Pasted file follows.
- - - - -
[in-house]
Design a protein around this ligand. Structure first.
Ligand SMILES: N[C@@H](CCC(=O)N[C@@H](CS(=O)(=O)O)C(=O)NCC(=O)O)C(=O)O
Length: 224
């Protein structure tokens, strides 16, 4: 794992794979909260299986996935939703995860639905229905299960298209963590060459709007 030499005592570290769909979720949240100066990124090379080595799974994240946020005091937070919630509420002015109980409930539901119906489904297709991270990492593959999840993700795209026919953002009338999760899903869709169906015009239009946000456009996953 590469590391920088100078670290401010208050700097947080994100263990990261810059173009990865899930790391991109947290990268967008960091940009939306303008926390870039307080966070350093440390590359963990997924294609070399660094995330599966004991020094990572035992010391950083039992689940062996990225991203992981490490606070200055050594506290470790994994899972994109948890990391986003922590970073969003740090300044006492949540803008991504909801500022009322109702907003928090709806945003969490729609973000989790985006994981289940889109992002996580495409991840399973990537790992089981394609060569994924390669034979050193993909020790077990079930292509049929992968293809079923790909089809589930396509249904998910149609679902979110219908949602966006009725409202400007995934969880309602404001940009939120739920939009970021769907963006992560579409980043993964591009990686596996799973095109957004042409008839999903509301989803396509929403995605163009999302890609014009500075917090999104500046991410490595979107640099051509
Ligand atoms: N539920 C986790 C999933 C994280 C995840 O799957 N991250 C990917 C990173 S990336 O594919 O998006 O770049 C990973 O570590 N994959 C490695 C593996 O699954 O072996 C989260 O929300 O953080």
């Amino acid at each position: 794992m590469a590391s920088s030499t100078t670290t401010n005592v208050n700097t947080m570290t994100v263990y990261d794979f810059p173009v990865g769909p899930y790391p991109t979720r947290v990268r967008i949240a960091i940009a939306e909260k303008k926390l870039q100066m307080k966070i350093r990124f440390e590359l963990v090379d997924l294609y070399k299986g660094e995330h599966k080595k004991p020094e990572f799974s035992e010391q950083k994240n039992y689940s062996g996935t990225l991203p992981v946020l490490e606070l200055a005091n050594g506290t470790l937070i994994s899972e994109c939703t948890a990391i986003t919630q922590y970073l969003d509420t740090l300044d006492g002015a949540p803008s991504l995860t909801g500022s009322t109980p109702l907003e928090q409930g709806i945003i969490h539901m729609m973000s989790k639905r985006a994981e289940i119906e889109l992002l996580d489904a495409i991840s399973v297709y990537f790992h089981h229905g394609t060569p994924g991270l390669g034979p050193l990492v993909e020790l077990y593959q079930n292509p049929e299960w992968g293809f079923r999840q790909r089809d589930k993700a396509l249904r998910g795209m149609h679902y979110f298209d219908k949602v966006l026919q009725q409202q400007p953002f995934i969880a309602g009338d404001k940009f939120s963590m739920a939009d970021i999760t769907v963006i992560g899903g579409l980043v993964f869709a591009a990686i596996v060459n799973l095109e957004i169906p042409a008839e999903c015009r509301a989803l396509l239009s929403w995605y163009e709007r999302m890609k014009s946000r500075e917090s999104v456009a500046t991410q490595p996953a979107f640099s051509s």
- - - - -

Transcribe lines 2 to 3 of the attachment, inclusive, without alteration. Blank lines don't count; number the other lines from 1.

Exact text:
Design a protein around this ligand. Structure first.
Ligand SMILES: N[C@@H](CCC(=O)N[C@@H](CS(=O)(=O)O)C(=O)NCC(=O)O)C(=O)O